Jacoby Ellsbury has experienced two pretty significant injuries in his career. He broke five ribs when he ran into Adrian Beltre while trying to make a catch in 2010, and he separated his shoulder while trying to break up a double play in 2012. There have been some other nagging things along the way, but those are the big ones for the guy who just signed for seven years and $153 million.
“Those are impact-full circumstances in a game that he plays hard at,” Brian Cashman said. “Something in his body gave, clearly. I can’t say I dismissed it. I recognize that this is someone who is a huge difference maker when you’re able to run him out there. We understand this is part of his history, and we certainly hope that we’ll have some success to keep him on the field, because when he was on the field he is a special player. We have a commitment with him without a doubt, but even if he had a pristine background as far his injury history, that doesn’t guarantee (he’ll be healthy going forward).”
The injury risk is one of the obvious negatives looming over this sort of long-term contract, but Ellsbury said he feels good this winter. The foot injury that bothered him in the postseason has healed and he’s able to work out and get himself prepared for what he’s expecting to be a full season.
“I play the game hard,” he said. “I play the game, I feel like, the right way. That’s what I take pride in, going out there each and every day and giving everything I have. It was just two unfortunate things. Me trying to make a play and colliding with Adrian Beltre. That’s a big guy to hit when you’re in a vulnerable position, and I feel like it was a freak accident and it healed. No ill effects of it. The second one was the same sort of thing. Trying to break up a double play for Dustin (Pedroia) and got landed on. Other than that, I’ve been good. Nothing. Those type of things feel like could happen to anybody at any given point. That’s what I take pride in is playing the right way, giving it all.”
• About the number 22: Obviously Ellsbury wasn’t getting No. 2 — that’s what he wore in Boston — and so No. 22 seems like a natural alternative, but it wasn’t necessarily the first alternative that came to mind. “(No. 2) has always just been a favorite number of mine,” Ellsbury said. “I’ve always liked it. I’ve just always liked the number. The previous numbers I’ve had: I was No. 46 with the Red Sox. That was taken, obviously, by Andy. No. 23 is retired. That was another number I wore in college. Twenty two, I’ve never worn that number, but 2 is my favorite number, so why not have two of them?”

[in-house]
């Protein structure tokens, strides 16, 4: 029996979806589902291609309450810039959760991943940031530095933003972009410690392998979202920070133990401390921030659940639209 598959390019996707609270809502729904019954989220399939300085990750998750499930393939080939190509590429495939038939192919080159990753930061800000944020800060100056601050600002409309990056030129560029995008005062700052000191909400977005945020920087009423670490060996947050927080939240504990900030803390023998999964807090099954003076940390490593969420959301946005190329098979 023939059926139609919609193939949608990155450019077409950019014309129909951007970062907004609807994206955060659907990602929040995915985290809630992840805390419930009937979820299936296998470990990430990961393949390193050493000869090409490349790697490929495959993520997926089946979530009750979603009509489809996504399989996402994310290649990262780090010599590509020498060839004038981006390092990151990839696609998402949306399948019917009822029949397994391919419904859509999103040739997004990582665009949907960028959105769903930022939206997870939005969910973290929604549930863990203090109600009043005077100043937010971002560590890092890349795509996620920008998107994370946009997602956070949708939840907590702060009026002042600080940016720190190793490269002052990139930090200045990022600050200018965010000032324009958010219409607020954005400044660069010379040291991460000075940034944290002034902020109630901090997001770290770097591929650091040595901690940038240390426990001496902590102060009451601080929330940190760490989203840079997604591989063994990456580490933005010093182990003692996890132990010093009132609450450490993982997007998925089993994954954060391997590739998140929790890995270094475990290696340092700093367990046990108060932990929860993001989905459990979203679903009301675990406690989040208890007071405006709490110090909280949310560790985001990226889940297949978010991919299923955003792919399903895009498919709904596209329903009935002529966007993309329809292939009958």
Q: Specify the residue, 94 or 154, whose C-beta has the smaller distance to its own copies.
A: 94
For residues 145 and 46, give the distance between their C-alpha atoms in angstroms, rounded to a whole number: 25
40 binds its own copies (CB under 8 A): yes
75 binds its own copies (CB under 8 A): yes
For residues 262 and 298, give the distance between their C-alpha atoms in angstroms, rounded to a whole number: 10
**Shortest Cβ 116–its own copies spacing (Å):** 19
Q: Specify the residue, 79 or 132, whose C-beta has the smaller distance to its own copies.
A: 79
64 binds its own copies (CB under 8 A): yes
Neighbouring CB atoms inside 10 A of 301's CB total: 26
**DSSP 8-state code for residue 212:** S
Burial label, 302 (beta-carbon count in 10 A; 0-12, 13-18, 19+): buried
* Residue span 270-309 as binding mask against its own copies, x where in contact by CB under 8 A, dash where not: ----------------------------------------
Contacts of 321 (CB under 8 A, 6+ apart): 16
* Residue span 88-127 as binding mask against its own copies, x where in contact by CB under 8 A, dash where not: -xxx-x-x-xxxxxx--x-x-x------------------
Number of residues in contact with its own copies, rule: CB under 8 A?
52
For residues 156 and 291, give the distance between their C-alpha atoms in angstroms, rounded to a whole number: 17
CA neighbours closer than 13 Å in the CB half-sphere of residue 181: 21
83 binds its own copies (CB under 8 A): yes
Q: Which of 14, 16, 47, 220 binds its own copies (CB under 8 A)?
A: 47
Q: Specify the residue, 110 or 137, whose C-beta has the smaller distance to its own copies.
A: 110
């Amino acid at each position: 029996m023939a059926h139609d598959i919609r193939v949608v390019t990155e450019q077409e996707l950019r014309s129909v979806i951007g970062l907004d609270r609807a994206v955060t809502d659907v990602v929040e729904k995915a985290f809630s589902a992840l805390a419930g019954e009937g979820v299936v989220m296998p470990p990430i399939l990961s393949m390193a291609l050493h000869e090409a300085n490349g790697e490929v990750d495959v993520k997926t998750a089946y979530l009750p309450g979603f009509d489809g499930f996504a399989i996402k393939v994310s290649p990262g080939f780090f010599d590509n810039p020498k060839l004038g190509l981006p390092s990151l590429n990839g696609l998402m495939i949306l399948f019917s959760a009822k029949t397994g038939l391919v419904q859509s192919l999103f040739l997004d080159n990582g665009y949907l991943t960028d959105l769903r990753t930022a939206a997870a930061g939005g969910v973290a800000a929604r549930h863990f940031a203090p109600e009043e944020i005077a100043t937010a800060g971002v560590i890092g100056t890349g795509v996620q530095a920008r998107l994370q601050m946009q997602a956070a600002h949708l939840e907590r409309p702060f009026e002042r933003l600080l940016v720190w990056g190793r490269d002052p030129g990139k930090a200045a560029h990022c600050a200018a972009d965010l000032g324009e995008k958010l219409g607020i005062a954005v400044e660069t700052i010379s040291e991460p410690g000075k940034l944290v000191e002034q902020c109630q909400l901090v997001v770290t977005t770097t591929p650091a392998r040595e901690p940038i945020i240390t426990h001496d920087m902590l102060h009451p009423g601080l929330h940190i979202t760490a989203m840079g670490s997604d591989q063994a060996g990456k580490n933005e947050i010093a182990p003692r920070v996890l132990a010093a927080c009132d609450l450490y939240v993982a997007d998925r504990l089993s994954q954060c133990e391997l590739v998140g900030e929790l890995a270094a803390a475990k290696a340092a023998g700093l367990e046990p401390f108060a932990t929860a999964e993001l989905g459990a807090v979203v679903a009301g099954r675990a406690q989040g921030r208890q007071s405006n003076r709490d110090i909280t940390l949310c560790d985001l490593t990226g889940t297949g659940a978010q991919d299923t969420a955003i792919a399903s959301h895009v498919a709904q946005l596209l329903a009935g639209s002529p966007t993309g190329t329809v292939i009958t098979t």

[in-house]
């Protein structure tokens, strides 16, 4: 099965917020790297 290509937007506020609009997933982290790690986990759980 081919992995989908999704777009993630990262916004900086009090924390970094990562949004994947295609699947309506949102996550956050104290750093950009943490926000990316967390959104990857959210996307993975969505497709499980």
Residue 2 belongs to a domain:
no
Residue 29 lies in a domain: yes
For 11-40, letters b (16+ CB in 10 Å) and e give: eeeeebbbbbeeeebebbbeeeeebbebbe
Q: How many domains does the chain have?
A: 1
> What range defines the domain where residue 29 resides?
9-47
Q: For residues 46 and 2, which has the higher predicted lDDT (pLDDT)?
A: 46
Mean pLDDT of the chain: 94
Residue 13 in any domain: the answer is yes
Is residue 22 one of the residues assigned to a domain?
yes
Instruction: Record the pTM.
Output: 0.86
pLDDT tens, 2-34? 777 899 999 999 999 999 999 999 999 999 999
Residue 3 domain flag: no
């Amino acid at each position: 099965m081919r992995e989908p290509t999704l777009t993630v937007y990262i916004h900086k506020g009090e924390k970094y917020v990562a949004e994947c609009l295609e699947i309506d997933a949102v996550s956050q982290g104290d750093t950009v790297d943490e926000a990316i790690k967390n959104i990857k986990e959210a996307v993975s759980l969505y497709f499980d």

• Although Ellsbury is a left-handed hitter, Cashman said he’s not expecting a significant surge in Ellsbury’s home run total. “I’m not looking for that,” Cashman said. “I certainly don’t want him to change his approach because of the ballpark. We just want the same player that he was in Boston. We’re not projecting he’s going to have home runs jump because he’s here.”
• Ellsbury on his approach to Yankee Stadium: “I’ve always felt comfortable playing here. It’s a comfortable stadium for me to play in., I feel very good. I fell I don’t have to change my swing. I don’t have to do anything different. My style of play is going to play great in this ballpark.”
• After playing through a compression fracture in his foot during the postseason, Ellsbury said he’s fully healthy today and able to go through his normal offseason workouts. “We felt that I could go out there (in the playoffs) and hopefully play and not make it worse,” Ellsbury said. “There was no question I was going to play in the postseason.”
• Ellsbury said even he was caught off guard by how quickly the deal came together. “There were numerous teams that I had to make a decision on,” he said. “But when the Yankees called and let me know how much they wanted me, that’s when the discussions really moved fast. I’ve never been a free agent before, so I wasn’t really, I didn’t know how fast things could move. Once I started talking to them things moved very quick, and I’m happy it got done in a quick and timely manner so I can have a normal off-season, get into my offseason workouts.”
• We hear a lot about players reaching out to recruit free agents. That definitely happened for Ellsbury, who said both Derek Jeter and Mark Teixeira called to sell him on the idea of playing in New York. “(They said), you’re going to have a really good time here,” Ellsbury said. “With what the city has to offer, the fans, just a good organization, being first-class, the history. But I knew about the history and everything. They didn’t need to tell me about that. It was nice hearing from the guys. They reached out and called me, so I appreciate that.”
• Cashman said what he’s been saying for a while about Ellsbury and Brett Gardner: “I have two center fielders on this team that I’m excited about,” Cashman said. “We have a more real estate to cover at this stadium for 81 games than most teams outfields, so we are very fortunate to have – like we’ve done for the last number of years – two center fielders manning two of the spots in the outfield.”
• Final word will, naturally, go to Ellsbury: “The biggest thing I’ve always enjoyed is the expectation of winning. We had that in Boston, you have it in New York and the fans expect you to win. That drives me to push my game and compete at a high level each and every night. That was something that I loved about Boston and I know I’m going to enjoy it about New York, the expectation of winning.”
Associated Press photos